Philip Klöcking has done a good job covering what the person being choked experiences. I will try to cover other considerations.
In my experience, feeling pain is largely separated from whether a choke successfully cuts off blood flow. Pain will usually cause people to tap even when the blood choke is not that effective. You can also choke such that the choke is not painful and does not impair breathing but is very effective in cutting off blood.
Resistance time varies widely. This depends on the person doing the choking, the person being choked, and more.
If a choke is not tight and continuous, it's often possible to resist for > 30 seconds. Any time the person being choked can temporarily relieve pressure increases resistance time. In competitive judo, the match will be stopped and the referee will stand the competitors back up fairly quickly. For poor referees, this can be before the choke has sufficient time to work.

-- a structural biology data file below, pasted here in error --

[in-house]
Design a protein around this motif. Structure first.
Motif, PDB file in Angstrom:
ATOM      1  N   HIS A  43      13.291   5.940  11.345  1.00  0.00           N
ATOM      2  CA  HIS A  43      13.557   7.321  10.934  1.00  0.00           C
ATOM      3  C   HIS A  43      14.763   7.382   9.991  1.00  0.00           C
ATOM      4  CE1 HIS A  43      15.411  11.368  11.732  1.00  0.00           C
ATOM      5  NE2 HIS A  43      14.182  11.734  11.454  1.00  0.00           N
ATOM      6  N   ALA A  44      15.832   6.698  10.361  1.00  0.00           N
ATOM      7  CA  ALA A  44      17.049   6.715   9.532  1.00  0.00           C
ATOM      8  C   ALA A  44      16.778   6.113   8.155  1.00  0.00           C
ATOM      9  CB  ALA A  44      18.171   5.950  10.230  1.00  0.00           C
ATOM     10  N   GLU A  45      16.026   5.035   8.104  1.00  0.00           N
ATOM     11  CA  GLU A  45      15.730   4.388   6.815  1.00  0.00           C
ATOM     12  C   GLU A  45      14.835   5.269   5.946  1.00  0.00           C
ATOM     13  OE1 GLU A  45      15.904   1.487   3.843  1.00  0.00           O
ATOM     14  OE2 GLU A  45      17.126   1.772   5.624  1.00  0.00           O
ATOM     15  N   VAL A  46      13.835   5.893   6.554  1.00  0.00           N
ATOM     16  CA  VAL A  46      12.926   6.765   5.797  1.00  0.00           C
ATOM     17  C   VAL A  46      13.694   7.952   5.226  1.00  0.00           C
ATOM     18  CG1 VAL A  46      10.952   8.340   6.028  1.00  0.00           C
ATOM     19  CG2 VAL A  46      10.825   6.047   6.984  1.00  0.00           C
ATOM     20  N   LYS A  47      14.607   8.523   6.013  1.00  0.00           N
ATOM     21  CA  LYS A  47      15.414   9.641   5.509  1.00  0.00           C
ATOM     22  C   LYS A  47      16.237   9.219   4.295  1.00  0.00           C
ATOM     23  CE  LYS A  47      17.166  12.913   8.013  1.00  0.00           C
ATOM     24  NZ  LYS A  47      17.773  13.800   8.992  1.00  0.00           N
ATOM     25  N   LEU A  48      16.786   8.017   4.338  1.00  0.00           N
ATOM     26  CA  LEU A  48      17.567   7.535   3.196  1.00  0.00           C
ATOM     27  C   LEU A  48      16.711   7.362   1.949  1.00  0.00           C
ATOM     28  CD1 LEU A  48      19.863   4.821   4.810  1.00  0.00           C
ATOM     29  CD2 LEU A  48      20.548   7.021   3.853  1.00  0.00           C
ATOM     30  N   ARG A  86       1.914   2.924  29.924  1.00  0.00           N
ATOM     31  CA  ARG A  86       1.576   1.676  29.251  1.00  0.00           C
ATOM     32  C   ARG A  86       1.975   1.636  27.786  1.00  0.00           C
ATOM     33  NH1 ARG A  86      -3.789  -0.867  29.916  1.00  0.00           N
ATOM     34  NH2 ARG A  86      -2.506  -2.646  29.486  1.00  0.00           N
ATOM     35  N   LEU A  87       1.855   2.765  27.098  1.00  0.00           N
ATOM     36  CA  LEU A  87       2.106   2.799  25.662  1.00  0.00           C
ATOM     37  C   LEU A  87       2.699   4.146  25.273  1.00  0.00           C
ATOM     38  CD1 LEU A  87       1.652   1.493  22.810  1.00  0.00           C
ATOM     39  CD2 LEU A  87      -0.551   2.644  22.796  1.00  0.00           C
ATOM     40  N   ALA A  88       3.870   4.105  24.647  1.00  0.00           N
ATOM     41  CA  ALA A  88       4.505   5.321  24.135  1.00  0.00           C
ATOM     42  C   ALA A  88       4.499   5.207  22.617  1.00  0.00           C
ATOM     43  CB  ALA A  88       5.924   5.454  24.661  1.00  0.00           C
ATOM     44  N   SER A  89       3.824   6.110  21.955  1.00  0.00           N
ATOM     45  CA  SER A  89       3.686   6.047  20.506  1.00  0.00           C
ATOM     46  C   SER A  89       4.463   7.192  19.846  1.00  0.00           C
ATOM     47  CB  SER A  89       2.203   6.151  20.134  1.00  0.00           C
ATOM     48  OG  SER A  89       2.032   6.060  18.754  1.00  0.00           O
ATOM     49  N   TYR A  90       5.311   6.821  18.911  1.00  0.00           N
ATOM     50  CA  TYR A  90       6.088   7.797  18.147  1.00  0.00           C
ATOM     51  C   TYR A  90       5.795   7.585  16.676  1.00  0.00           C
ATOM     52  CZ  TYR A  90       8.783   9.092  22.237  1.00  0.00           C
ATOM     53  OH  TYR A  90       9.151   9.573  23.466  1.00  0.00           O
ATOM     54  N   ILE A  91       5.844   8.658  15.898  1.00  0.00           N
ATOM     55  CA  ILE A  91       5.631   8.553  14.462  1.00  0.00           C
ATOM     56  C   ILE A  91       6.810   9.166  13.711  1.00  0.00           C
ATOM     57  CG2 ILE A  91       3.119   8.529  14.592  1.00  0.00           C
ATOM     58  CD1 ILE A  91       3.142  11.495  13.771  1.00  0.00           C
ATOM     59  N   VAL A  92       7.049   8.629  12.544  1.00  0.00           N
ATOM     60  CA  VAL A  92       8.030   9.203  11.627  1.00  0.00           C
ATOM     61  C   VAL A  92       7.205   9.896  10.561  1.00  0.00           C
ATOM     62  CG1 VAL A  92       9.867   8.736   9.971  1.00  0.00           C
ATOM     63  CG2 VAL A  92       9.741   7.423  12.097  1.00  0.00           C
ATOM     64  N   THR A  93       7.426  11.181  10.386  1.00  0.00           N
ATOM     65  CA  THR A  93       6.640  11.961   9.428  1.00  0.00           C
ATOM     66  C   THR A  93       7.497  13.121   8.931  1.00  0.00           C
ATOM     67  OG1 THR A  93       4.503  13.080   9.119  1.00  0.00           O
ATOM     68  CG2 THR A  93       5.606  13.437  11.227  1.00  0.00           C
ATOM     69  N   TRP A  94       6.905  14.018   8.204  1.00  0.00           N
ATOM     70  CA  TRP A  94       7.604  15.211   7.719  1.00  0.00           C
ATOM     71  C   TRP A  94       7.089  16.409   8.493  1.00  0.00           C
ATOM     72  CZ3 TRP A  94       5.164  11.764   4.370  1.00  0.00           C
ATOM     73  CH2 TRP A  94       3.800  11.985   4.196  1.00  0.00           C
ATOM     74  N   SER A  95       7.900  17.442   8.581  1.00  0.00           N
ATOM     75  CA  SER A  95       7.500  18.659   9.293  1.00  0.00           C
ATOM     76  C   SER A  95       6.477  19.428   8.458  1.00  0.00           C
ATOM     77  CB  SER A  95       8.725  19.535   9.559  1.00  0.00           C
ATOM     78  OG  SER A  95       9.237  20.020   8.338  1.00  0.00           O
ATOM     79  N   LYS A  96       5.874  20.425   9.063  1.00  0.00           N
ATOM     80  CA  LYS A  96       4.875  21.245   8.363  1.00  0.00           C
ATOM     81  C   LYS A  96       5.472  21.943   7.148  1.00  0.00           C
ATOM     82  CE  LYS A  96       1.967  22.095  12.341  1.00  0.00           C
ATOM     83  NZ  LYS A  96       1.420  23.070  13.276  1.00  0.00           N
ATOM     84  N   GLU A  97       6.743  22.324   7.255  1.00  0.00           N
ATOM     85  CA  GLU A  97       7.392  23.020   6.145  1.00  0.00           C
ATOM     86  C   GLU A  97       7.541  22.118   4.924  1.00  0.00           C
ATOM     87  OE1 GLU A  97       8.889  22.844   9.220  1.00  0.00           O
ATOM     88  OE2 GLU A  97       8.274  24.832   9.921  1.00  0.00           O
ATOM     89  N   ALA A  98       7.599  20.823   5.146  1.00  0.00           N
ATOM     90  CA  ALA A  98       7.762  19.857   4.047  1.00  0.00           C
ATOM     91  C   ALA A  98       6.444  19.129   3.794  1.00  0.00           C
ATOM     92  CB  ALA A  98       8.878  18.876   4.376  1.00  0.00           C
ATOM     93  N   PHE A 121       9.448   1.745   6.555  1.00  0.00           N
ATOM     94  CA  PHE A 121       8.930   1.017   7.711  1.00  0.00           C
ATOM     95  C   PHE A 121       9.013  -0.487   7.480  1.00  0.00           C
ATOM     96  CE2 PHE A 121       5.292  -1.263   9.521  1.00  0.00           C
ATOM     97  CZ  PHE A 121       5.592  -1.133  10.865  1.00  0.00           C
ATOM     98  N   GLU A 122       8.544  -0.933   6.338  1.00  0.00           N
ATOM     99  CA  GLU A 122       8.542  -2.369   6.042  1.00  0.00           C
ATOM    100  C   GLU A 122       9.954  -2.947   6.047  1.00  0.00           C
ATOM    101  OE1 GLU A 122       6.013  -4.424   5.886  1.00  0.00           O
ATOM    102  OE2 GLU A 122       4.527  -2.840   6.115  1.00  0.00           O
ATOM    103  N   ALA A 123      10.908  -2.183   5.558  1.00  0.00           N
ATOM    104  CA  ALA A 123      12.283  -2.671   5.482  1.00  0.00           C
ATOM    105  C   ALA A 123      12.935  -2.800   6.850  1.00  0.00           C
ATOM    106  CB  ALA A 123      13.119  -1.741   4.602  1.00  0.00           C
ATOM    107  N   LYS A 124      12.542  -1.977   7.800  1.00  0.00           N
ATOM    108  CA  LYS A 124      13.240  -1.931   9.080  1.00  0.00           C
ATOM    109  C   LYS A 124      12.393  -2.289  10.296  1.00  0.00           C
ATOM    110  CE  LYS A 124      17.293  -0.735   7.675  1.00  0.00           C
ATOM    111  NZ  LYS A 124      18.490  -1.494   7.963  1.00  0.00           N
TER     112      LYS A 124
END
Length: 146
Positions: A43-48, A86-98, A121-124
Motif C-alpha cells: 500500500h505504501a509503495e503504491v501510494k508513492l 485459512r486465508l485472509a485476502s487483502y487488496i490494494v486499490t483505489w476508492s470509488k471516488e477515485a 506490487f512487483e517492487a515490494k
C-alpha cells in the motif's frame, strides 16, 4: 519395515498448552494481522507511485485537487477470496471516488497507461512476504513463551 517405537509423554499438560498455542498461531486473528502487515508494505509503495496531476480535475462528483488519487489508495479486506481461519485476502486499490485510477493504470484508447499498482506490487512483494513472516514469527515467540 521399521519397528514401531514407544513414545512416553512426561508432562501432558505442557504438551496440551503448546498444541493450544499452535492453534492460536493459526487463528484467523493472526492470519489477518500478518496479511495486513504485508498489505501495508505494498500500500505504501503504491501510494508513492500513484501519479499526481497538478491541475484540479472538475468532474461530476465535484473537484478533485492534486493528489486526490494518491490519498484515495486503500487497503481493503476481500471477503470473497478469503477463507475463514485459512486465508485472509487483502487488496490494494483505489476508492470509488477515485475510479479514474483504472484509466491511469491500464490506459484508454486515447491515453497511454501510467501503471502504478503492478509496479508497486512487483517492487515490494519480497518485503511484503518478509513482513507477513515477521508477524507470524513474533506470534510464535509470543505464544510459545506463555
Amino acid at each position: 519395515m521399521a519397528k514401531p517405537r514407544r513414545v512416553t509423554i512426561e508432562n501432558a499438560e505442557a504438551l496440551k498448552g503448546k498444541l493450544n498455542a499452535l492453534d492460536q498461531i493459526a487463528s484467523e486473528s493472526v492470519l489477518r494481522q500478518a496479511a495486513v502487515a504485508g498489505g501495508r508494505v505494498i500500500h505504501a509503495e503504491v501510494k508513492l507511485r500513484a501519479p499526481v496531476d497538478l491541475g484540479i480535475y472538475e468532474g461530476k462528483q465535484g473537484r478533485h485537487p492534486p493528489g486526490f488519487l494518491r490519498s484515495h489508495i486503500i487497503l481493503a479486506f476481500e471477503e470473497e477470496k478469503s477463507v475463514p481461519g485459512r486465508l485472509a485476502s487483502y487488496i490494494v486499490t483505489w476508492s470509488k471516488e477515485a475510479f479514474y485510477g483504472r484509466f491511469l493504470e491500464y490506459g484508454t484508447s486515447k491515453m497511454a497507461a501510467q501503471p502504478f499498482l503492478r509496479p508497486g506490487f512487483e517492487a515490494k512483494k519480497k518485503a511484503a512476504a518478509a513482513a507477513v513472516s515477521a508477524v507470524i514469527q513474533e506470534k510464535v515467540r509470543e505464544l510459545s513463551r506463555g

When a choke is done very skillfully, you may not even have a chance to recognize the danger and tap before you pass out. This can be true both of rolling chokes where the pressure increases suddenly, and of the painless variety of choke.
I think time to pass out also depends on the physical state of the person being choked. I would hypothesize that competitors in match conditions with high heart and breathing rates pass out faster than people at rest.
While someone is being choked effectively, I usually see the following, in order:
- blood vessels in the head begin to bulge
- face color begins to darken
- eyes become glassy
After someone passes out, they may shake, sputter, urinate, or simply go limp. In the dozen or so cases I have seen, I would not say there is a normal set of things that happen or order that they occur in. This makes it difficult to tell when someone has passed out. When practicing chokes, I highly recommend having a third party present because they can often recognize someone has passed out before the choker.